US equity markets ended lower on Tuesday with the S&P and Nasdaq down 0.4% and 1.2% respectively. Sectoral losses were led by Consumer Discretionary down by 1.5% and Information Technology down 1% while Energy was up 1.8%. US 10Y Treasury yields rose 3bp to 2.78%. European markets were mixed – DAX and CAC were down 1.1% and 0.5% respectively while FTSE was flat. Brazil’s Bovespa was up 0.2%. In the Middle East, UAE’s ADX and Saudi TASI rose 0.2% and 0.3% on respectively. Asian markets have opened mixed – Shanghai, Nikkei and HSI were down 0.4%, 0.7% and 2% respectively while STI was up 0.6% each. US IG CDS spreads widened 1.7bp and US HY spreads were wider by 15.1bp. EU Main CDS spreads were 2.6bp wider and Crossover spreads were widened by 13.8bp. Asia ex-Japan IG CDS spreads were unchanged.
Consumer prices in Mexico rose 8.15% for July, in-line with estimates of 8.14%. Rising food, energy prices and supply shocks led to higher inflation. The Mexican central bank is expected to hike interest rate by 75bp this week.
Credit Suisse raised $6.25bn via a three-tranche deal. It raised
The bonds have expected ratings of Baa2/BBB. Proceeds will be used for general corporate purposes.
A Make Whole Call (MWC) is a type of call option on a bond that gives the issuer the right to redeem a bond before its maturity date by compensating (making whole) bondholders for future coupon payments. MWC provisions were introduced in the 1990s and are rarely exercised by issuers. If exercised, the issuer has to pay a lump sum amount to the bondholders that represent the net present value of future foregone coupon payments, typically stated as a formula in the bond prospectus.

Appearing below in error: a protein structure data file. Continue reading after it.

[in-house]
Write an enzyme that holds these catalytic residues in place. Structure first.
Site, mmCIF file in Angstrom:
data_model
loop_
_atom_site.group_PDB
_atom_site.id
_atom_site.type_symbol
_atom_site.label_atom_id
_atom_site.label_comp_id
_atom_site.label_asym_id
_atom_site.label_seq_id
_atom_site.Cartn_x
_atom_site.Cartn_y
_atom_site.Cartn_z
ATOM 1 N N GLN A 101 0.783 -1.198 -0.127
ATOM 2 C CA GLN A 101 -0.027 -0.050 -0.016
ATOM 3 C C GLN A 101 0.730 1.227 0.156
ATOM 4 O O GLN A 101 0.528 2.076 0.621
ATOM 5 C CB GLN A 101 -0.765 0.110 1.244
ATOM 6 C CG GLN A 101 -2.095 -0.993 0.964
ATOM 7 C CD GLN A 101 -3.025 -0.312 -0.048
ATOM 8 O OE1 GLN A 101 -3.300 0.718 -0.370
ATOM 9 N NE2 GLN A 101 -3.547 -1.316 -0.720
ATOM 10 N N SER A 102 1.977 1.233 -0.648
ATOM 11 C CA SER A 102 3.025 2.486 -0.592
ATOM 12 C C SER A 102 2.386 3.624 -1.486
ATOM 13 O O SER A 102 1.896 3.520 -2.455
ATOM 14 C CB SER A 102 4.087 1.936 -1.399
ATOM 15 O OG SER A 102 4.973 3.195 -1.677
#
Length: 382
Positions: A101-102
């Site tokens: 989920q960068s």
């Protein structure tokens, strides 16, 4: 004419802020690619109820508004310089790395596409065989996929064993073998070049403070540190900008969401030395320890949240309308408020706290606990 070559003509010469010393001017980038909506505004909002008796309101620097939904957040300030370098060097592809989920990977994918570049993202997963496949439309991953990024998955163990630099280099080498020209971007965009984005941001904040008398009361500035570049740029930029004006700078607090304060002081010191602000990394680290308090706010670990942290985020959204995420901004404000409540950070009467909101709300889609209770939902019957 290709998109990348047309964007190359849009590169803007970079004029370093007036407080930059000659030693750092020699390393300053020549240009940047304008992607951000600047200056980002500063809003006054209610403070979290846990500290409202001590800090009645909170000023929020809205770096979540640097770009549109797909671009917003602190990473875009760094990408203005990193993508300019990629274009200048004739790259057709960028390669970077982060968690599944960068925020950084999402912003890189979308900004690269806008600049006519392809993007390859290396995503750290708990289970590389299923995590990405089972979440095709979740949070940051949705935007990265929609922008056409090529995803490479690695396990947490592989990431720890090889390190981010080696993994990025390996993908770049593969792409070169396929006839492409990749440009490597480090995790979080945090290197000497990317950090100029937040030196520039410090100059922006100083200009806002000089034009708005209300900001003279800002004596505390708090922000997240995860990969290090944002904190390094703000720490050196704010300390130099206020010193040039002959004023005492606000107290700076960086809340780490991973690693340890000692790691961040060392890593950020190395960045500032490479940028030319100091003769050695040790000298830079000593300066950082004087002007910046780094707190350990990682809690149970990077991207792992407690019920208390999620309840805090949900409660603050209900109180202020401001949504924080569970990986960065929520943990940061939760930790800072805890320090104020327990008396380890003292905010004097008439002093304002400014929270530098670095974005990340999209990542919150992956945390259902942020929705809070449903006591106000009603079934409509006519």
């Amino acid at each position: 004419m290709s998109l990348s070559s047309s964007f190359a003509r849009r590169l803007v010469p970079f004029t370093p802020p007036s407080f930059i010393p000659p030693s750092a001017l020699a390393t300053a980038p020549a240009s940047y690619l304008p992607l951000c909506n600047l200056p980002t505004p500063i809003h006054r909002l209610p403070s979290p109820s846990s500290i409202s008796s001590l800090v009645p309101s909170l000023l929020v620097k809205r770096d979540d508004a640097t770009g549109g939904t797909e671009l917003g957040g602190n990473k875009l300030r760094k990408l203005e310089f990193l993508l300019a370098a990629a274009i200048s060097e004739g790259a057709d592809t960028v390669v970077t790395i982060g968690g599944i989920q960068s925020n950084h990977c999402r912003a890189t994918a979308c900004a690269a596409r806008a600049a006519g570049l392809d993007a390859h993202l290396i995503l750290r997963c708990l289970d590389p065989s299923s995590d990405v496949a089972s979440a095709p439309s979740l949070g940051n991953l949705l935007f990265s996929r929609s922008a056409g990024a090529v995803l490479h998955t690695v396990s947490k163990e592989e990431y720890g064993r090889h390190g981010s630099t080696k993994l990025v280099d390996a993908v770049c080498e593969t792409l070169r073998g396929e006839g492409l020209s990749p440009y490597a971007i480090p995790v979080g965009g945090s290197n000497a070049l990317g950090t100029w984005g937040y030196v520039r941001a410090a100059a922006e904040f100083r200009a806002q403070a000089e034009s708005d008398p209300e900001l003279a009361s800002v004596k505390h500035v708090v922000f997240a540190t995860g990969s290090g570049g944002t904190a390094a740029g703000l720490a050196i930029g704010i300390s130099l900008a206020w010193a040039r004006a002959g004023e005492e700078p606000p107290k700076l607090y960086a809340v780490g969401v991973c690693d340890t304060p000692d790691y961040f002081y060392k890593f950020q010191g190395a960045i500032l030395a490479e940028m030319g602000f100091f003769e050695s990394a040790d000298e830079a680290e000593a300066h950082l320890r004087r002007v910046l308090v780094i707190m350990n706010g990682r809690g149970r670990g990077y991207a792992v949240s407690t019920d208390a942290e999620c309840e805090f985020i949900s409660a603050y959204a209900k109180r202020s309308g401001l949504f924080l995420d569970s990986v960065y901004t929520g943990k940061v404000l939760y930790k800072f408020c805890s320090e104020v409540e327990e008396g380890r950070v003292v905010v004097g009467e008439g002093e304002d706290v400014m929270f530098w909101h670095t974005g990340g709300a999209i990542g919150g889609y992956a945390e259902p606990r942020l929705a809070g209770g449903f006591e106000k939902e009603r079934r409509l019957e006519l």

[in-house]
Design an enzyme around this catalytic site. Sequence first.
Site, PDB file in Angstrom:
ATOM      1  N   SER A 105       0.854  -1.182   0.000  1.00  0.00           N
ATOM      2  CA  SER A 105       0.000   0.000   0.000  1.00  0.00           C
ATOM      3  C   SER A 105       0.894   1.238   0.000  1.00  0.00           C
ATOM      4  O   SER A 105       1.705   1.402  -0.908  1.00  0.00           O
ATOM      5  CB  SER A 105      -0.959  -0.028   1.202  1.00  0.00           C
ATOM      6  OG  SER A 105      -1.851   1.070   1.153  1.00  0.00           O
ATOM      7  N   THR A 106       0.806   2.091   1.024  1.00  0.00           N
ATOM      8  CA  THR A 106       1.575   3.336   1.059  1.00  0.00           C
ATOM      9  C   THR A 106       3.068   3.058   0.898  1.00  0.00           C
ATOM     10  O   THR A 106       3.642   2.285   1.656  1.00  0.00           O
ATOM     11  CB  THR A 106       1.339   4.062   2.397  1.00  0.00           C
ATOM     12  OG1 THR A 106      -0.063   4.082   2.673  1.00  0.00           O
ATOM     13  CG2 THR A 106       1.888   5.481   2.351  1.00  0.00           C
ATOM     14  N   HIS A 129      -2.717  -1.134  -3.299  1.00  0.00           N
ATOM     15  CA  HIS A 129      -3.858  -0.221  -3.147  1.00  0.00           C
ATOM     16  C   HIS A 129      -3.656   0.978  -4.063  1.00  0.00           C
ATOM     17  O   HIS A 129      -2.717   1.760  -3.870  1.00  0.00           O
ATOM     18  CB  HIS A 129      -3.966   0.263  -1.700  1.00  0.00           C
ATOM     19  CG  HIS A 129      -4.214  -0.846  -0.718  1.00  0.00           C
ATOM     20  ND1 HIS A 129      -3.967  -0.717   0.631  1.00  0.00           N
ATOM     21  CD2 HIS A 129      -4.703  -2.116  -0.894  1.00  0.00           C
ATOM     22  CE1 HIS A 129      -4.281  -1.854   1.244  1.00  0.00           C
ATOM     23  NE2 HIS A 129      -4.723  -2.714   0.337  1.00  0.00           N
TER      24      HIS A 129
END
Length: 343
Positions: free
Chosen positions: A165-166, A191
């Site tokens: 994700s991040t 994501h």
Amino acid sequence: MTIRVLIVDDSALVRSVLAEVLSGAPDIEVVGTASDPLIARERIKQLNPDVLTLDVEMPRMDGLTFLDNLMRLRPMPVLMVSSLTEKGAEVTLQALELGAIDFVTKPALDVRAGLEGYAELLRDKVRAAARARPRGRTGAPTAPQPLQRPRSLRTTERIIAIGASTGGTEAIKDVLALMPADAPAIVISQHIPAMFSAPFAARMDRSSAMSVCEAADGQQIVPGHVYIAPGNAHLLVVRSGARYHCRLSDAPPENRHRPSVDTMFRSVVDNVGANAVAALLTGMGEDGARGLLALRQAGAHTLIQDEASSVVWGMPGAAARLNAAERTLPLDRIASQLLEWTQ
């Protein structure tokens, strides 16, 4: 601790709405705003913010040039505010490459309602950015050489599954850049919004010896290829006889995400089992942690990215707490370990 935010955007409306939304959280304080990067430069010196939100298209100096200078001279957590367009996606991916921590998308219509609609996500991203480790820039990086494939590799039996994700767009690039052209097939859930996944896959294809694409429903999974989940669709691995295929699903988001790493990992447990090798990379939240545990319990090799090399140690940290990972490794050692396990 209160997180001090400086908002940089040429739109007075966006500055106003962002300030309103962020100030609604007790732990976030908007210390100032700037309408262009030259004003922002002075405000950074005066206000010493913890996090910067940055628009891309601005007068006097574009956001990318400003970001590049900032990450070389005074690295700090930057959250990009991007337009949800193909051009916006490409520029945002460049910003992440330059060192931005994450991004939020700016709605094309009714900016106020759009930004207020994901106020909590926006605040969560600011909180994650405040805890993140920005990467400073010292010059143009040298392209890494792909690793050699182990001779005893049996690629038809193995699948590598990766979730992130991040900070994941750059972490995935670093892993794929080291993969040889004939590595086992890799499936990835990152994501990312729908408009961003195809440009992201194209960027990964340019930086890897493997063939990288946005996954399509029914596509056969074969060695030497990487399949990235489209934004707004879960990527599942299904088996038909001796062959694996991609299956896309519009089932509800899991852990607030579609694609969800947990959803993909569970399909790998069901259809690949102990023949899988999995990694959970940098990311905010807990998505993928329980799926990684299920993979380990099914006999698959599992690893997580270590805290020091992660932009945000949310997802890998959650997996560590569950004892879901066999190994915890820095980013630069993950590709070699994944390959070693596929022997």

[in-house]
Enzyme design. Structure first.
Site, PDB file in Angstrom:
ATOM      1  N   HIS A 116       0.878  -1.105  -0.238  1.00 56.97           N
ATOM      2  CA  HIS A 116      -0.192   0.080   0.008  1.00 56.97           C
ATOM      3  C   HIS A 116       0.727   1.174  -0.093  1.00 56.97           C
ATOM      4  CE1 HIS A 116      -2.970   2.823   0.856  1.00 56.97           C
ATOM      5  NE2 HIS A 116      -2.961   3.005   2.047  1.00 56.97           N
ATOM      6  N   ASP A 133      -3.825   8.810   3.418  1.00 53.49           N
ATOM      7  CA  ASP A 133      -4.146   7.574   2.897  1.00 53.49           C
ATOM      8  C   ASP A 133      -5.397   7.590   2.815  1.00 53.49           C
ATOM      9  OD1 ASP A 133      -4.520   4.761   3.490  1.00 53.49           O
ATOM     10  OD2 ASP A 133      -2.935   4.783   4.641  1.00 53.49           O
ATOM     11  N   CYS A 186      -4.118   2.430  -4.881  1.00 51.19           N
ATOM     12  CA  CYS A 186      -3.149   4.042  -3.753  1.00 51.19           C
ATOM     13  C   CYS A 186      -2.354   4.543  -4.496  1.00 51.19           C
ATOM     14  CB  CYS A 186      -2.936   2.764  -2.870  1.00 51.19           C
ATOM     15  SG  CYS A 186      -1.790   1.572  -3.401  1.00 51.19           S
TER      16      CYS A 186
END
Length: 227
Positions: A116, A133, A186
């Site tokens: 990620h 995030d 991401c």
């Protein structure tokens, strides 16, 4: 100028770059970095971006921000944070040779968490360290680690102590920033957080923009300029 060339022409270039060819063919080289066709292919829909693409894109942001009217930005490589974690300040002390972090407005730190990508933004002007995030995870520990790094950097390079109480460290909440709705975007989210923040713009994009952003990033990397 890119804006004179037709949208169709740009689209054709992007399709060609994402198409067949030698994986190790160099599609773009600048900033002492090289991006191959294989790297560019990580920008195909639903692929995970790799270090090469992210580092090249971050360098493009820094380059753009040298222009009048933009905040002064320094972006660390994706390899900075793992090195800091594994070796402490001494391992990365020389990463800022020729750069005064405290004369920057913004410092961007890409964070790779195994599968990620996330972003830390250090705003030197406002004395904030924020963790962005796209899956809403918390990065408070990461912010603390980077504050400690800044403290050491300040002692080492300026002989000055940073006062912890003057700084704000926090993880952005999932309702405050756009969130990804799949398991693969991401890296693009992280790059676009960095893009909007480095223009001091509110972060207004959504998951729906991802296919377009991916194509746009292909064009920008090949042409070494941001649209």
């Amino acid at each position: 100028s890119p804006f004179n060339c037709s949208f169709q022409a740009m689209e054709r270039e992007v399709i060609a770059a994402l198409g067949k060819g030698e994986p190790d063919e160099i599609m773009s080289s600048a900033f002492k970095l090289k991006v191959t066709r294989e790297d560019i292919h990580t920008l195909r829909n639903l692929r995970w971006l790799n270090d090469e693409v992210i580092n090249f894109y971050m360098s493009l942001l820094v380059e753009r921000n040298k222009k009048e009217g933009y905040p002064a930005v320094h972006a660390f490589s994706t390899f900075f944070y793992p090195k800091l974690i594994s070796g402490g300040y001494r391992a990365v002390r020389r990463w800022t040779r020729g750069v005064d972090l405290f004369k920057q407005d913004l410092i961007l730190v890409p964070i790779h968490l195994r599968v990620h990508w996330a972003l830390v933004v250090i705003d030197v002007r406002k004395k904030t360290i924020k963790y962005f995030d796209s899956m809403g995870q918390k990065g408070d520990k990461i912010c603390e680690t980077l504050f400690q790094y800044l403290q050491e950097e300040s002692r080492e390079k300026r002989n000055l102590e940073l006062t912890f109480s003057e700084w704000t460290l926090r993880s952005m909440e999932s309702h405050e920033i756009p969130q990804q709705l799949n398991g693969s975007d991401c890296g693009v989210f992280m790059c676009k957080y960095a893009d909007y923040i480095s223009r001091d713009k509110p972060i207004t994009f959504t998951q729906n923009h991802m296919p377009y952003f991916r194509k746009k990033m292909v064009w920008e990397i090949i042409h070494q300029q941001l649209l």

MWCs are different from traditional call options in that investors are compensated for foregoing future coupon payments. With traditional call options, the issuer can exercise the call option at the predefined call price without having to pay bondholders for foregoing future coupons. This makes MWCs beneficial to bondholders as compared to traditional call options and are typically expensive for the issuer to exercise. In Moody’s recent $500mn bond offering, the bonds have MWC provisions.
Deputy Governor Dave Ramsden
The Bank of England would press on with plans to gradually sell its vast stock of British government bonds even if an economic slowdown eventually forces it to cut interest rates. Ramsden, in charge of the BoE’s roughly 1 trillion-pound balance sheet, told Reuters it was “more likely than not” that borrowing costs would need to rise again after the BoE raised Bank Rate by 50 basis points to 1.75% last week.
Michael Feroli of JPMorgan and Derek Tang of LH Meyer
Friday’s blowout jobs report spurred economists at JPMorgan Chase & Co., Evercore ISI and LH Meyer to say bigger US interest-rate increases are now in store this year, with Citigroup Inc. seeing a risk of a 1 percentage-point hike in September.
Michael Feroli of JPMorgan and Derek Tang of LH Meyer now expect a 75 basis-point increase at the Federal Reserve’s Sept. 20-21 meeting, compared with 50 basis-point calls before. And Evercore analysts led by Krishna Guha see an extra quarter percentage point this year, taking the upper bound of the target rate to 3.75% by December.
Prime Minister Lee Hsien Loong
With inflation and interest rates set to stay high, Singapore is prepared to increase support measures to help deal with the increased cost of living, Prime Minister Lee Hsien Loong said.
“The world is not likely to return anytime soon to the low inflation levels and interest rates that we have enjoyed in recent decades,” Lee said in a televised message Monday on the eve of the country’s National Day. “I know the cost of living is at the top of everyone’s minds. The government has carried out multiple support packages, targeting assistance to those who need it most. More such measures will be “rolled out in the coming months”